Background: Several small open reading frames located within the 5' untranslated regions of mRNAs have recently been shown to be translated. In humans, about 50% of mRNAs contain at least one upstream open reading frame representing a large resource of coding potential. We propose that some upstream open reading frames encode peptides that are functional and contribute to proteome complexity in humans and other organisms. We use the term uPEPs to describe peptides encoded by upstream open reading frames.
Results: We have developed an online tool, termed uPEPperoni, to facilitate the identification of putative bioactive peptides. uPEPperoni detects conserved upstream open reading frames in eukaryotic transcripts by comparing query nucleotide sequences against mRNA sequences within the NCBI RefSeq database. The algorithm first locates the main coding sequence and then searches for open reading frames 5' to the main start codon which are subsequently analysed for conservation. uPEPperoni also determines the substitution frequency for both the upstream open reading frames and the main coding sequence. In addition, the uPEPperoni tool produces sequence identity heatmaps which allow rapid visual inspection of conserved regions in paired mRNAs.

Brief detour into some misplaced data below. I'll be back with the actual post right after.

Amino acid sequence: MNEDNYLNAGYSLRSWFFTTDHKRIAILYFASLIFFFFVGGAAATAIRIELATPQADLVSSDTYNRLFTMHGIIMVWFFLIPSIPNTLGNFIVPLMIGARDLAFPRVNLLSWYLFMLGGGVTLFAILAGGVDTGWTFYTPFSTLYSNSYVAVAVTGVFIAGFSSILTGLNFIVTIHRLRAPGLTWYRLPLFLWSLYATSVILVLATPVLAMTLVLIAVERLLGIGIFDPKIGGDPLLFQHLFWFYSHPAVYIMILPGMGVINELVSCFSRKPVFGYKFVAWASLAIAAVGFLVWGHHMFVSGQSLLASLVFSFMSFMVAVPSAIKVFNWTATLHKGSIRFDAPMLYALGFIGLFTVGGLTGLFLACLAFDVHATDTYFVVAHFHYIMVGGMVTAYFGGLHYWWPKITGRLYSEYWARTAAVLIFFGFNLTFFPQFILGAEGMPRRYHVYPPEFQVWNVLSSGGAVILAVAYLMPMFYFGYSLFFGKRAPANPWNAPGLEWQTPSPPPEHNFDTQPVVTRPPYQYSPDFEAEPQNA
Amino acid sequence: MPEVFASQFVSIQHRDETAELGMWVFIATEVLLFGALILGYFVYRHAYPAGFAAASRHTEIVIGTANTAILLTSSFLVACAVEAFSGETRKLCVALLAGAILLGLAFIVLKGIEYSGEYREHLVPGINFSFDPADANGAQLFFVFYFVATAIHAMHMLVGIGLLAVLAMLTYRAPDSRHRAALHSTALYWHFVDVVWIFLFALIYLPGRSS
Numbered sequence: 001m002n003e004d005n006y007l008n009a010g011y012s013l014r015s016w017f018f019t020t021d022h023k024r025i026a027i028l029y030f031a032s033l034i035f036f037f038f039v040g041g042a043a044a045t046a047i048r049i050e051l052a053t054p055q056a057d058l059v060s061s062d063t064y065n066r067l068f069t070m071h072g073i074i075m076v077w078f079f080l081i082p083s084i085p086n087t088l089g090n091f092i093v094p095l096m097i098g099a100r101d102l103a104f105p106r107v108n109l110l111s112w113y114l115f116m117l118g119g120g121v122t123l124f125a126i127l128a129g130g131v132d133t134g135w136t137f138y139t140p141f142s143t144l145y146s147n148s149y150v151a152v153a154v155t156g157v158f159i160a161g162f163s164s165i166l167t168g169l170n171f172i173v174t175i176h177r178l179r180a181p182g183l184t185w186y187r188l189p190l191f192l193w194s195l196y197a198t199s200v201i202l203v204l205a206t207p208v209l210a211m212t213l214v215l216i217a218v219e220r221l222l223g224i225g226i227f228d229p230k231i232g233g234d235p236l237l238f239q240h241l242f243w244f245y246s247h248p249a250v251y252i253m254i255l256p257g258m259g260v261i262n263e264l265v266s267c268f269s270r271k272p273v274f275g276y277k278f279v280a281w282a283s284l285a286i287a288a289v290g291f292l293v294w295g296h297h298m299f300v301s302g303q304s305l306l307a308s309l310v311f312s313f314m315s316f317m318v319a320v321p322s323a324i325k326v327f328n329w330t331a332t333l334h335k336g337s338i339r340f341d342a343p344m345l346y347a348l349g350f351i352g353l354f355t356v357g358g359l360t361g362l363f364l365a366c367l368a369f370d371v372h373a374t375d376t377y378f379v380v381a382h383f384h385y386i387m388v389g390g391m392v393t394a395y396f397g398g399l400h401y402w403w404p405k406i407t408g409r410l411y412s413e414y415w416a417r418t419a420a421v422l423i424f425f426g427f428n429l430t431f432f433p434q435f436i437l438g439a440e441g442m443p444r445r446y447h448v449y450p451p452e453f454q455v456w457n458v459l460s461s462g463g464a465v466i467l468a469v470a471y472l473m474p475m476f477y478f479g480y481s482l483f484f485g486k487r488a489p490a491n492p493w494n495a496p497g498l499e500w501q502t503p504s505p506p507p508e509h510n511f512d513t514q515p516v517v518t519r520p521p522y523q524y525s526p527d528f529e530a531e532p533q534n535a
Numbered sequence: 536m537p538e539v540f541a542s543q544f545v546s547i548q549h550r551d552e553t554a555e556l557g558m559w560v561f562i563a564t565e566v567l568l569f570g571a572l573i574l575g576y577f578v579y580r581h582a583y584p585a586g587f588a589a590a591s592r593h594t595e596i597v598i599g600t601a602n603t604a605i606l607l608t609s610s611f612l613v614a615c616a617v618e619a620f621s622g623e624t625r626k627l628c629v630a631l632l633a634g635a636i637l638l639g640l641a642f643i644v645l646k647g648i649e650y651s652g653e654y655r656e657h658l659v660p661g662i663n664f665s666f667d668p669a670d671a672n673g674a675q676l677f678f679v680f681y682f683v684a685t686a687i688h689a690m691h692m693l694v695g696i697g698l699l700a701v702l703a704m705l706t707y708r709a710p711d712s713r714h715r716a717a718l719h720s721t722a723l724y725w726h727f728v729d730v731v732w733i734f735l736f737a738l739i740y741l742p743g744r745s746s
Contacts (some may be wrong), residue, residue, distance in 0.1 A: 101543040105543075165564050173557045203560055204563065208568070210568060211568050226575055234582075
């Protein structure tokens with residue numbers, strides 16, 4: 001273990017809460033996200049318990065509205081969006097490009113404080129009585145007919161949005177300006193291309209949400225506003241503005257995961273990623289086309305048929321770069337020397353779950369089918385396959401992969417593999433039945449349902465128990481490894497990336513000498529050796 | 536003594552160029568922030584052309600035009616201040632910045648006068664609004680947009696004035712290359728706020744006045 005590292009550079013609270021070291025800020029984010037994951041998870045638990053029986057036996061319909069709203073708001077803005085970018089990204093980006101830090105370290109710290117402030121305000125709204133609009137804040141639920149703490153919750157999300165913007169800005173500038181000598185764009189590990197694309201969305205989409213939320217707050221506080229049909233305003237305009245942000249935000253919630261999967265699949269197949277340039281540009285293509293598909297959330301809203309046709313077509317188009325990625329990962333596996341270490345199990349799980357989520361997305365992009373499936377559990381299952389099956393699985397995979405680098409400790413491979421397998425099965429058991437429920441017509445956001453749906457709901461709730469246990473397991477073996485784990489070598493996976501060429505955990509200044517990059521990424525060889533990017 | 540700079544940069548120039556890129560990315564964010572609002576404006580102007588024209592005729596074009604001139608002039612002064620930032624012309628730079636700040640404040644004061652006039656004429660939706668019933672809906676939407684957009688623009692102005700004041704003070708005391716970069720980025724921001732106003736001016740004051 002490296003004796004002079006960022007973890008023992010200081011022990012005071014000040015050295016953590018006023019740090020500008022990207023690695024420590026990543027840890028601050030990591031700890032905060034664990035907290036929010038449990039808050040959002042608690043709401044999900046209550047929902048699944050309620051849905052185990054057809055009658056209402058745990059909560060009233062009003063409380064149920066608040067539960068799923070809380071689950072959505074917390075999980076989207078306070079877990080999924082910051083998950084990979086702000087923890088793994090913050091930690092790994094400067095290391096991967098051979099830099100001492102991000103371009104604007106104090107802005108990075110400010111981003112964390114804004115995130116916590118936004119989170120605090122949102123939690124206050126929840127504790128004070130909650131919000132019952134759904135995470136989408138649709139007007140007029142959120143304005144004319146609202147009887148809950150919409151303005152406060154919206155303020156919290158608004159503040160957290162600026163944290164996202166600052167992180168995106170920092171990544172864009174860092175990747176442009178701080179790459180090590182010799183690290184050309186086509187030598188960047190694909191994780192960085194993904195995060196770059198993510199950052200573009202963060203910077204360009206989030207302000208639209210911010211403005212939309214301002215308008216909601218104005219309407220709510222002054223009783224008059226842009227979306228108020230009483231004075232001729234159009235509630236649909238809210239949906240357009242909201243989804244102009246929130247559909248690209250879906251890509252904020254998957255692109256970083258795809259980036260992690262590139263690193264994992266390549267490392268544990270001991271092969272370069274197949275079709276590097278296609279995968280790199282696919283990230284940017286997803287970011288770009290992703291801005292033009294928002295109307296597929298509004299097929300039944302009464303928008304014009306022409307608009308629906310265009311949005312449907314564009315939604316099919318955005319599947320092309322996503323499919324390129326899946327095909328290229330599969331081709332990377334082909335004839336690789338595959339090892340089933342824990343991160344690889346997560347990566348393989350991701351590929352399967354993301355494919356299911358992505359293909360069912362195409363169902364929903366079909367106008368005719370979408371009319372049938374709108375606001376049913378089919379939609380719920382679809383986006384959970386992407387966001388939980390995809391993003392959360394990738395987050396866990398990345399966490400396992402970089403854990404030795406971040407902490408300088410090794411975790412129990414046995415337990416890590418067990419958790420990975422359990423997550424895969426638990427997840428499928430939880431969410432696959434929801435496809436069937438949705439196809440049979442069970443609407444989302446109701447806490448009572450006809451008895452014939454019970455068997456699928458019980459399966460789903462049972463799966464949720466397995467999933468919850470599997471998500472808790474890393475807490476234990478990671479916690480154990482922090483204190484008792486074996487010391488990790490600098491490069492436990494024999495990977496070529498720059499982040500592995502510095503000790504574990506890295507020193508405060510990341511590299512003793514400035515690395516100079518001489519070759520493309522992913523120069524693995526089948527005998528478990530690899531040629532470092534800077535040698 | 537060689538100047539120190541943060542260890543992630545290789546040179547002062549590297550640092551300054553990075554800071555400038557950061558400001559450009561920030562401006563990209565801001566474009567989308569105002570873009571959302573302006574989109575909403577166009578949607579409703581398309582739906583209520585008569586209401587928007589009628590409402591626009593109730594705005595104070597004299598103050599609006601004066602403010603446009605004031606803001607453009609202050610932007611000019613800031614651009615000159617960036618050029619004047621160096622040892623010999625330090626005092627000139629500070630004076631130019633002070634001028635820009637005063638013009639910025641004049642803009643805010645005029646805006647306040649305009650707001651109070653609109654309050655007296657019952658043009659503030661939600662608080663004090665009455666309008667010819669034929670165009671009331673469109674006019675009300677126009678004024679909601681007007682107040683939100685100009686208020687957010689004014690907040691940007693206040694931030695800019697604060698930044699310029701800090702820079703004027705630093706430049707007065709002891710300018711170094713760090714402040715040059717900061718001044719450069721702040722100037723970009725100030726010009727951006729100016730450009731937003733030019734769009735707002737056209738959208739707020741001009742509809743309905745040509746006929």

Conclusions: uPEPperoni features user-nominated settings including, nucleotide match/mismatch, gap penalties, Ka/Ks ratios and output mode. The heatmap output shows levels of identity between any two sequences and provides easy recognition of conserved regions. Furthermore, this web tool allows comparison of evolutionary pressures acting on the upstream open reading frame against other regions of the mRNA. Additionally, the heatmap web applet can also be used to visualise the degree of conservation in any pair of sequences. uPEPperoni is freely available on an interactive web server at http://upep-scmb.biosci.uq.edu.au.